The new release of the free Landscape Scenery Globe Biosphere3D adds rendering effects such as ambient occlusion, shadow mapping and creation of camera paths and capture of animations.
Funded by the Swiss National Science Foundation SNSF, and in collaboration with the Collaborative for Advanced Landscape Planning (CALP), particularly Ellen Pond, the City of Kimberley, and the Columbia Basin Trust (CBT), I analysed the benefits and limitations of interactive virtual globes for stakeholder engagement in climate related scenario planning over the last 12 months. The results have now been published as SNSF report and can be downloaded here.
Microsoft Photosynth is a photogrammetric software that creates 3d buildings from multiple photos, e.g. shot by random tourists. Our colleagues from the urbandigital blog are very much in favour of Photosynth and see great potential in it for urban visualization or as a kind of 3d scanner. Now, Microsoft has taken the logic next step and integrated Photosynth with Bing 3D. It may be criticized that the Microsoft approach requires Silverlight which is still not standard. However, Bing users can now create buildings automatically from photos whereas Google Earth users are modeling their content in Sketchup. It will be very interesting to test both approaches in comparison and to see which one will finally find more users.
Another interesting approach by Microsoft is mentioned by Chris Dannen in the Fast Company blog: In the long-term, Microsoft wants to extract semantic information automatically from the user-generated photos. In this point, Microsoft meets latest research in photogrammetry, e.g. in the “Nachwuchsgruppe der Volkswagen Stiftung” in cartography at the University of Hanover, where the automatic extraction of facades from photos is researched.
With regard to landscapes, vegetation is still not an issue – neither for Google nor for Microsoft. How about the automatic extraction of vegetation information from photos? There is a lot research about the recognition of vegetation in orthophotos – how about linking this to the automatic population of virtual landscapes with realistic plants?
Biosphere3D is now available at Sourceforge:
ESRI has released a new version of its digital globe “ArcGIS Explorer”. The new version provides an improved interface; enhanced data support including kml/kmz; the opportunity to switch between 2D and 3D; a new presentation mode with titles, pop-ups, layers etc.; new online data libraries; a SDK for customization and plenty of projections to choose from. With the online data, there is also a direct link to BING maps and if some of you remember my previous article on the co-operation between Microsoft and ESRI, this is probably one of its first outcomes.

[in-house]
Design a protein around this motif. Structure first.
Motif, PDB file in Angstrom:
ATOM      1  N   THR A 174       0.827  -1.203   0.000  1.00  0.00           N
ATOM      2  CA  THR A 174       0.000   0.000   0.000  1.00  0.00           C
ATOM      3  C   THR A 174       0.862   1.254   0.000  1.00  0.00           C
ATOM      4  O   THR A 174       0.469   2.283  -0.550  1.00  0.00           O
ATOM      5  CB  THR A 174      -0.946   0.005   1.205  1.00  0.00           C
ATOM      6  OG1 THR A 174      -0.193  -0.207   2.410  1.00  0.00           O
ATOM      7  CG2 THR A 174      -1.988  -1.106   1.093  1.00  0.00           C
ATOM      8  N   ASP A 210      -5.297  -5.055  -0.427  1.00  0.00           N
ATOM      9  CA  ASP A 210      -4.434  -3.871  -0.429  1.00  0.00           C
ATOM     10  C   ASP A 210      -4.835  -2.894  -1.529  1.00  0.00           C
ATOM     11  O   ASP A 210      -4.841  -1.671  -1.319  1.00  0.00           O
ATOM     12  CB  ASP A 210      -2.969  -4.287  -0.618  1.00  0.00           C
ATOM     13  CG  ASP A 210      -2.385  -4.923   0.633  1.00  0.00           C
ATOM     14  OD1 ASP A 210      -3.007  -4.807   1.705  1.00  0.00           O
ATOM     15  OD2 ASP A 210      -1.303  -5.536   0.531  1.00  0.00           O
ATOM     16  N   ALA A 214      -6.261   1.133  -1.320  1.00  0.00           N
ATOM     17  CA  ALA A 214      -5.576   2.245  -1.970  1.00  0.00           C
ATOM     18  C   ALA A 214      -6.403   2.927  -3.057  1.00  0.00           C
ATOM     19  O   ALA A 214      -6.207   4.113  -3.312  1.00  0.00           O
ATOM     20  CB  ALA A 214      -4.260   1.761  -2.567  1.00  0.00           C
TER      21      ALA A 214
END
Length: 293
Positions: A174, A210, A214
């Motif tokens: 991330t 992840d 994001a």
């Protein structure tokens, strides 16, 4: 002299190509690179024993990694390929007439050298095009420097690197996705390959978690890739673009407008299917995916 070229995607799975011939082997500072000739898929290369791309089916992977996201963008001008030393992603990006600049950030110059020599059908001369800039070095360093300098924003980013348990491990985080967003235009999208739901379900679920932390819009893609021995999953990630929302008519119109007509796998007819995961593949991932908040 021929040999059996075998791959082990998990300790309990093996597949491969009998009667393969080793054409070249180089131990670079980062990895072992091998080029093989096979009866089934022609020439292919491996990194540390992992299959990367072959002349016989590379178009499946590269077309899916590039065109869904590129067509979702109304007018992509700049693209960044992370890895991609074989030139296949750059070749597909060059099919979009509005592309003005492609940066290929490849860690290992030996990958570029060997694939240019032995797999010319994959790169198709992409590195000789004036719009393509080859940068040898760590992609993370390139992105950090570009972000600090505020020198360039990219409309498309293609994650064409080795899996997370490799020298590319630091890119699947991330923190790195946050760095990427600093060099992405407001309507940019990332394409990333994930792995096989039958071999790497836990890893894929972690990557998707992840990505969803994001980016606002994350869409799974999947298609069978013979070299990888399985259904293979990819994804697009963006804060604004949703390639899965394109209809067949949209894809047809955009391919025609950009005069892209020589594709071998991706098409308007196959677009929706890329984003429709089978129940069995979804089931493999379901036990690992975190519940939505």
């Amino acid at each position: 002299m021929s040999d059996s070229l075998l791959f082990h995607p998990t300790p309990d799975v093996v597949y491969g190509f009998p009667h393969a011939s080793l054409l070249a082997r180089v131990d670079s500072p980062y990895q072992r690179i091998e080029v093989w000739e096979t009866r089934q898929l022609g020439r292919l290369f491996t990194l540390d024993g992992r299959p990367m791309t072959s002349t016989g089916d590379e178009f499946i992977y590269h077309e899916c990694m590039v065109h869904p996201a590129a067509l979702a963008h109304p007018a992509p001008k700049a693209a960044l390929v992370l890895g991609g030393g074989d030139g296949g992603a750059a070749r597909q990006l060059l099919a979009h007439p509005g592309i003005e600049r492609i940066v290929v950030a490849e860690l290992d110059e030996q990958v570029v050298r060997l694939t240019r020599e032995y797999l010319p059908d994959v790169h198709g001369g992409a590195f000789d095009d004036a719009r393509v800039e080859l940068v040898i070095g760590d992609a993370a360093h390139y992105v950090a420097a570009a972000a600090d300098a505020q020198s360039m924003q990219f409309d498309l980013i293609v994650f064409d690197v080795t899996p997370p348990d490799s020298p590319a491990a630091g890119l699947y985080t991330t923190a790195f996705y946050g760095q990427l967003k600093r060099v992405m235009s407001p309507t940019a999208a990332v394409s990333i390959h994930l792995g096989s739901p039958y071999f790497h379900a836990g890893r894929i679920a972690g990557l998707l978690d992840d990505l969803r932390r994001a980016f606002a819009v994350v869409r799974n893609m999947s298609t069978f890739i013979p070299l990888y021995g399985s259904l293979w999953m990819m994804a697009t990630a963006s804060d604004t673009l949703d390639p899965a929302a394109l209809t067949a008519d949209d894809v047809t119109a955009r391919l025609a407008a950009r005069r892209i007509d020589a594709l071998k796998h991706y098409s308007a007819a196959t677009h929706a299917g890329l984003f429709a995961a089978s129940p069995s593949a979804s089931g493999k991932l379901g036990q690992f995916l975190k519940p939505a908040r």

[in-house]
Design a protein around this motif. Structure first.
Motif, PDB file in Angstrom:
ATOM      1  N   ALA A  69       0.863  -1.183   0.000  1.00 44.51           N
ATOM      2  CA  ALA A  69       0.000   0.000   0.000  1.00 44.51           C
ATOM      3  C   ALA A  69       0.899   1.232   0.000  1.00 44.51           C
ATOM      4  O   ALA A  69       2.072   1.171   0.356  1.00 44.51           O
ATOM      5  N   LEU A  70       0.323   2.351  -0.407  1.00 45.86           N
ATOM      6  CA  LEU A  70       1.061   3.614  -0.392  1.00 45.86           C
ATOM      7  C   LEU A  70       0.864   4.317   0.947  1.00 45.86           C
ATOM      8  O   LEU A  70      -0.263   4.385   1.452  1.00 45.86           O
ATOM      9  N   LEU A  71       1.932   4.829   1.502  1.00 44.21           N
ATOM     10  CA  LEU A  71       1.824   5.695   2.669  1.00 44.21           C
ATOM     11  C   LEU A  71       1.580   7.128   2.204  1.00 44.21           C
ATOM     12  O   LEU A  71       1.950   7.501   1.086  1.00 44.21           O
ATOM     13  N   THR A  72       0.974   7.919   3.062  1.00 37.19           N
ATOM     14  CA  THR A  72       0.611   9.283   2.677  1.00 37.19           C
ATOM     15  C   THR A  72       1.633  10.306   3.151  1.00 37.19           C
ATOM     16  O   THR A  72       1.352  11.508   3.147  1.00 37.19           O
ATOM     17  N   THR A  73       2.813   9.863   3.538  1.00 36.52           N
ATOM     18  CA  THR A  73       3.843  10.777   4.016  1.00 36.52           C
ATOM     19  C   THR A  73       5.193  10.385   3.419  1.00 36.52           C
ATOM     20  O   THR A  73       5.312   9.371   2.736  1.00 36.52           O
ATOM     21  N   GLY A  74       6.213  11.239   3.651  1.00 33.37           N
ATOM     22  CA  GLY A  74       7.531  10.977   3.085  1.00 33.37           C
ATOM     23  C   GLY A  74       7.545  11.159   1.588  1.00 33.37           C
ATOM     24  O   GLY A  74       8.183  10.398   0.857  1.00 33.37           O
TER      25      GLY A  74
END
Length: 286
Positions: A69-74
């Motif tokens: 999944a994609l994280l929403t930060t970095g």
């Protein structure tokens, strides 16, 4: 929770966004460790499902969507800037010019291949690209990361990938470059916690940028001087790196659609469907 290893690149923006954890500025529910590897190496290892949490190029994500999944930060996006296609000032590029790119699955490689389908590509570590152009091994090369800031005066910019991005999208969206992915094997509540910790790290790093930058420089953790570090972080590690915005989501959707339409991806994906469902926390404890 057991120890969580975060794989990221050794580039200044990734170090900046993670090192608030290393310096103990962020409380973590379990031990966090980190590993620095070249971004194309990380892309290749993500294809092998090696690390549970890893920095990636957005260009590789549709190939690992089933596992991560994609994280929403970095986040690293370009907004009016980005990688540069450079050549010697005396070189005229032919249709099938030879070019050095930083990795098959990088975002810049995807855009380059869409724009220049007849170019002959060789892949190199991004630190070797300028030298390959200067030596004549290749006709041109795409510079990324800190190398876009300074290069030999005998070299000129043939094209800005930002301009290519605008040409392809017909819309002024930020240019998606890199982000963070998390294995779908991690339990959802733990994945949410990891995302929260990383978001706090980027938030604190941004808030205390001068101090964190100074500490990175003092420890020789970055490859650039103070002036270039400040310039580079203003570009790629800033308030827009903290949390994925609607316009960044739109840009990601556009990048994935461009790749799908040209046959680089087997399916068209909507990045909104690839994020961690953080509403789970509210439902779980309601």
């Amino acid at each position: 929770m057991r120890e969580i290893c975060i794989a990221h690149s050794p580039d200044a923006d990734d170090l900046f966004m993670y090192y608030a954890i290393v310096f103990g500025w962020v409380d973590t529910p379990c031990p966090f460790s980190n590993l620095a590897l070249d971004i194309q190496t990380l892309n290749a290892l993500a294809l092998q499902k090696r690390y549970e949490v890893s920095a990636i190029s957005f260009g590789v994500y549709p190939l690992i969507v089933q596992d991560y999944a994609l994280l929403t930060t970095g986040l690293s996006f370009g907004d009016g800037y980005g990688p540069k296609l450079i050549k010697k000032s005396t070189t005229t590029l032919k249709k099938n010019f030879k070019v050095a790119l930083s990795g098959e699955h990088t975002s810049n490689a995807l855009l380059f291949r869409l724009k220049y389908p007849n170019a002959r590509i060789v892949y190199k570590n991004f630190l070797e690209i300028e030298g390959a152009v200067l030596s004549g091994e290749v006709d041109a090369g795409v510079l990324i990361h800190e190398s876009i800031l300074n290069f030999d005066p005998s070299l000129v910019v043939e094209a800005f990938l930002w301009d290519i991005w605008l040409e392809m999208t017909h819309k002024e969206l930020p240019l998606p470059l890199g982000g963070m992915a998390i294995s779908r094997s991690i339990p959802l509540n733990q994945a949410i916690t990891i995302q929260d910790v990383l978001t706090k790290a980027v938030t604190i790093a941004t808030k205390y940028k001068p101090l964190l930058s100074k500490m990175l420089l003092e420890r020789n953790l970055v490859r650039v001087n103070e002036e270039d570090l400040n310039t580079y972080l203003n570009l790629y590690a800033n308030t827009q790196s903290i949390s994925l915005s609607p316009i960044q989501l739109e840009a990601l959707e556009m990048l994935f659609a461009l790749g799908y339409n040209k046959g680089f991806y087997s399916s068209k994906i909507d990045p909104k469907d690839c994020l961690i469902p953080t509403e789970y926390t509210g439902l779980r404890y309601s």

In the times of GoogleEarth, where is the niche for ArcGIS Explorer? Well, there are some good reasons, why ArcGIS Explorer might be worth a consideration for landscape planners: First, most of us are already working with ArcGIS and the workflow is easier than it is between ArcGIS and GoogleEarth, where you need CommunityViz or other plugins. Particularly, you can add plenty of geodata formats and your own DEM which is not possible in GoogleEarth. Then, the presentation mode is neat for planners who present to the public. And finally, the possibilities to choose a specific projection or even to customize your interface may meet expert needs that GoogleEarth cannot satisfy.
41TB of new imagery, vector data etc… The following URL will start a tour through some of the updated locations: http://bingmapsupdates.cloudapp.net
Fly-throughs are quite popular, especially since the success of Google Earth but what matters more to landscape perception is the human perspective from eye-level view. Lenné3D, a Berlin based corporation, has been invited by the German Biomass Research Centre (DBFZ) to create this visual stunning simulation of future cultural landscape scenarios by virtually implementing biomass into an existing landscape. Our contribution tries to advance the paradigm of Humphrey Repton’s famous before-and-after landscape depictions with dynamic navigation, and to trigger fruitful discussions on the various aspects and issues of biomass in cultural landscapes.